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Monday, 19 January 2009

Food & Wine

'The Lord in Velvet Pants'
Staff Writer Don Merlot, right

By Don Merlot
Junto Staff Writer

Orlando, Florida.

As we rush to the finish off the first decade of the twenty second century we have to pause and think about what gastronomic baggage we are taking with us: what is new, what is old, what is bad and what is good.

These wine and food notes are from a modern day Marco Polo who has traveled the global trade roads in the last half a century. It is not meant as a criticism and should be just an observation of one man who has spent a lot time in local hotel lobbies and coffee shops, aeroplanes and aeroport waiting halls, or sleepless nights waiting for the weather to clear so I can take off or when the coup d'état is over and it is safe to move about get on with my business.

I am writing this from a US American point of view -– because as a traveller I am treated as an American no matter where I go: regardless of race, colour, creed, and/or where I was born.

Only in the US do you have to prove your American pedigree: I am a 'Merkan'! It is said overseas that you never meet an American with an inferiority complex.

I see it from the point of view that Americans (the "United Statian" kind) have changed their and their palate in two ways in the last half a century. The two major changes in our gastronomic fare are multi-cultural fusion food preparation and wine as a beverage and as a complement to food.

But, let us not complicate things in this year's first edition.

Let us start with wine and food current trends.

Something new:

Malbec wine and skirt steak.

o Meat lovers and wine lovers you are looking at a perfect marriage here. The wedding happened long ago in Argentina.

§ Malbec has early French origins from the Bordeaux area. Lots of tannin, flavor it tames the steak. It found it way to Mendoza Argentina a century ago.

The Argentines do not marinade their beef, but serve it with 'chimi churri' -– a parsley, oregano, red pepper flake mixture with red wine vinegar and virgin olive oil.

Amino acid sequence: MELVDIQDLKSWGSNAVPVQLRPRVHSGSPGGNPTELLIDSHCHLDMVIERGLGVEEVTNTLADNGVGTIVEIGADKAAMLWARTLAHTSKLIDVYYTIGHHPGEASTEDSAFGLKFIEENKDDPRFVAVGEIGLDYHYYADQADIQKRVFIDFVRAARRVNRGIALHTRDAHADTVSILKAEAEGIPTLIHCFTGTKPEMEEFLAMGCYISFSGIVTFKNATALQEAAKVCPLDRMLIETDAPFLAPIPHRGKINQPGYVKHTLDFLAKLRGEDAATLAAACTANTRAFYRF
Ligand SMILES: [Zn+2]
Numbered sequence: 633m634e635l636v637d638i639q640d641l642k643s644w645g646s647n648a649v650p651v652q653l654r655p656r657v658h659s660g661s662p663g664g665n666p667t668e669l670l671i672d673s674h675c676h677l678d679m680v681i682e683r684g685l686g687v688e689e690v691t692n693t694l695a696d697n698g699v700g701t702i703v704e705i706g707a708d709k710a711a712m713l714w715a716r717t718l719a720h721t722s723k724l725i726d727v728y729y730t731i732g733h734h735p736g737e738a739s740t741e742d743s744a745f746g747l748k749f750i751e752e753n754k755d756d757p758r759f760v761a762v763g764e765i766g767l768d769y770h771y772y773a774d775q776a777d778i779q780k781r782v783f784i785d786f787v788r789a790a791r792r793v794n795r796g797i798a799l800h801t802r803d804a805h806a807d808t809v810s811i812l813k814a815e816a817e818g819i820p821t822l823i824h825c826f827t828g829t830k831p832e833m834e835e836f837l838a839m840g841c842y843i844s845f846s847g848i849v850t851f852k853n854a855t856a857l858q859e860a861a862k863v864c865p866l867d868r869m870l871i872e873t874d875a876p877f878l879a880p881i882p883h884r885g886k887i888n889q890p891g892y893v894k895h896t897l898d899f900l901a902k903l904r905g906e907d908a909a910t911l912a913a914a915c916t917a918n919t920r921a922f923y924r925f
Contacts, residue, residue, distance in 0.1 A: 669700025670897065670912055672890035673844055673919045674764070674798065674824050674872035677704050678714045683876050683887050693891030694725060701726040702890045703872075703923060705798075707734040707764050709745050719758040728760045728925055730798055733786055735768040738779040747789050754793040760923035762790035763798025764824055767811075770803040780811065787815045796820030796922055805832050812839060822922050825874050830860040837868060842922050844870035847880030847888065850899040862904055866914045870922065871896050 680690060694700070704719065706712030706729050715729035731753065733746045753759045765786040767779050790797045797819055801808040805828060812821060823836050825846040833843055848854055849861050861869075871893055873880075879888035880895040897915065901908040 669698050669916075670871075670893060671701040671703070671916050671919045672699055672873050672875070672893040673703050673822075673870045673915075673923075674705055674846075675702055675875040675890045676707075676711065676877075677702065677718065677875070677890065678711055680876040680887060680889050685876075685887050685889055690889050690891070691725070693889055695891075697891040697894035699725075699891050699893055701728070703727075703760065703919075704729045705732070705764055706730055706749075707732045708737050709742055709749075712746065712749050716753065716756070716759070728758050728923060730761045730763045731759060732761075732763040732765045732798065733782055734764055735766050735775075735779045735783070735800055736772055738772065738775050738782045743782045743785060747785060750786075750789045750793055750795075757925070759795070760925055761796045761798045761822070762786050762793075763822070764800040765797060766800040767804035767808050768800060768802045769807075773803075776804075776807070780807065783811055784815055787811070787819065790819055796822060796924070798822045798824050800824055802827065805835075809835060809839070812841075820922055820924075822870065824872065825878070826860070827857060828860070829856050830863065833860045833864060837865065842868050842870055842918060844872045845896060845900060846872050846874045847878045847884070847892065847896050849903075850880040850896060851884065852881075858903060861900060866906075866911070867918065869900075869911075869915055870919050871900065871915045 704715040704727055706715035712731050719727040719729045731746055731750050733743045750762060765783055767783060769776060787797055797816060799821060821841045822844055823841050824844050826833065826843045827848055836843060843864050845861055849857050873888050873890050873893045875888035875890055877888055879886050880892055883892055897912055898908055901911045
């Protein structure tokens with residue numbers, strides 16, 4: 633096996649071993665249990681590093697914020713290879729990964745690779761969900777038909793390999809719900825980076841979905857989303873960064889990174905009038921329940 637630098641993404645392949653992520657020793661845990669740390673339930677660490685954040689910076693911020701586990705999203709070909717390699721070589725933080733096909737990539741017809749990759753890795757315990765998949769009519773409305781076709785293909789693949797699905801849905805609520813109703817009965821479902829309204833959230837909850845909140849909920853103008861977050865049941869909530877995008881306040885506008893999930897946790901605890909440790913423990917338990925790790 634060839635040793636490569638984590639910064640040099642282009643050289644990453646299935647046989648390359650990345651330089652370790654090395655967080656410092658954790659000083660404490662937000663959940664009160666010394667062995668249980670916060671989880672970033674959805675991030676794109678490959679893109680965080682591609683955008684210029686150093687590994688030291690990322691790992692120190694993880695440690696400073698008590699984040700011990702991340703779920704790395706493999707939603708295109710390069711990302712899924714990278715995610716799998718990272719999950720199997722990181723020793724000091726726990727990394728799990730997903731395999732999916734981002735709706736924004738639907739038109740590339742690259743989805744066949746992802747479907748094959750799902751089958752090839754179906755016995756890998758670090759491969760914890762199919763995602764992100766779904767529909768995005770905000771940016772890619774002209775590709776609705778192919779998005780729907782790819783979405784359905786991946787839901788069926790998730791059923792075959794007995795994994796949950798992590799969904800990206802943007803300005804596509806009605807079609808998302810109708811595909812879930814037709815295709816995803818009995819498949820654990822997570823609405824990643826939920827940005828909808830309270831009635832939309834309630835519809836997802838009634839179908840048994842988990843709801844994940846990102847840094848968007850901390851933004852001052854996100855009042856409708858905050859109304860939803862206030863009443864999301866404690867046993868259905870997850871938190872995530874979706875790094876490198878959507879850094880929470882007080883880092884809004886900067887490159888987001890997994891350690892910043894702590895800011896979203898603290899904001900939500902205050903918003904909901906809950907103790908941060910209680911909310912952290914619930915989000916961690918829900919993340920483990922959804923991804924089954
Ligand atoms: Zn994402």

§ Although Spanish is spoken and native to Argentina, the flavors are Italian.

Something old:

American ketchup or catsup came from the Chinese menu back in the spice trading days via the Dutch traders to Europe and then to America. Europe holds it nose as Americans dump it on scrambled eggs and French fries.

I do not know why the French get so upset; it was the Belgians who invented fried potato chips, not the French. It is best when fried in the beef suet and salt. Belgians like mayonnaise and not ketchup.

Chipotle salsa is now America's favourite salsa flavor - – smoked jalapeños.

Breakfast burritos are America's favourite morning meal -– wraps, eggs, sausage, cheese and salsa.

· BrLunch at home: Serve with Mimosas.

Sparkling white wine and Valencia orange juice

Something bad:

Hamburgers have to go. Packaged ground beef, off the menu! You will get e-coli unless you cook the burgers until internal temperature of 160 F. Cholesterol prone and overweight Americans have to give up hamburgers. This is a must. If you are more than 21 in age, you must have a prepackaged hamburger and make sure you have a glass of Zinfandel to wash it down. Substitute turkey. You will hardly taste the difference.

Around the world everyone knows the old adage. American exports, blue jeans, fast food and rock n' roll....

It is great to have medicine say you can drink wine, but do not abuse it. Seriously, we should think about drinking only two normal wine glasses per day. No more. Discipline, that is self discipline. I should not have to tell you that. Have wine with food. Not before or after except for celebration, or a special day. OK, limit those special days.

What is good?

On the wine side, the Old World and the New World are neck and neck in creating quality great wines. As an old mentor said, 'Wines are like horse races. So we all do not bet on the same horse.'

When entertaining and for those special days, learn about the foods you like and what wines go best. It is fun, and it is social.

Our next adult generations are very smart and have been able to explore these new tastes. They are well educated and they are experimenting with fusion food and new wine varietals.

o WWines:

o CChilean and New Zealand -– Sauvignon blancs

o California and Australian –- Syrahs or Shiraz in Australia
o California and Oregon –- Pinot Noirs
o Chilean, Australian and California Chardonnays
o Do not forget the classics -– Italian Chianti riservas, Spanish Tempranillo reservas, Alsatian Gewürztraminer
o Grain Tuscan bread
o Gouda cheese
o Argentine –- Italian Grana
o Grilled vegetables
o Indian chicken -- grilled

'On croit avaler le bon Dieu en coulottes de velours.' That translates to 'One seems to have swallowed the Lord himself wearing velvet pants.'

When this occurs you have found your favourite wine.

(Don Merlot is a Junto staff writer who eats and drinks on five of the six continents).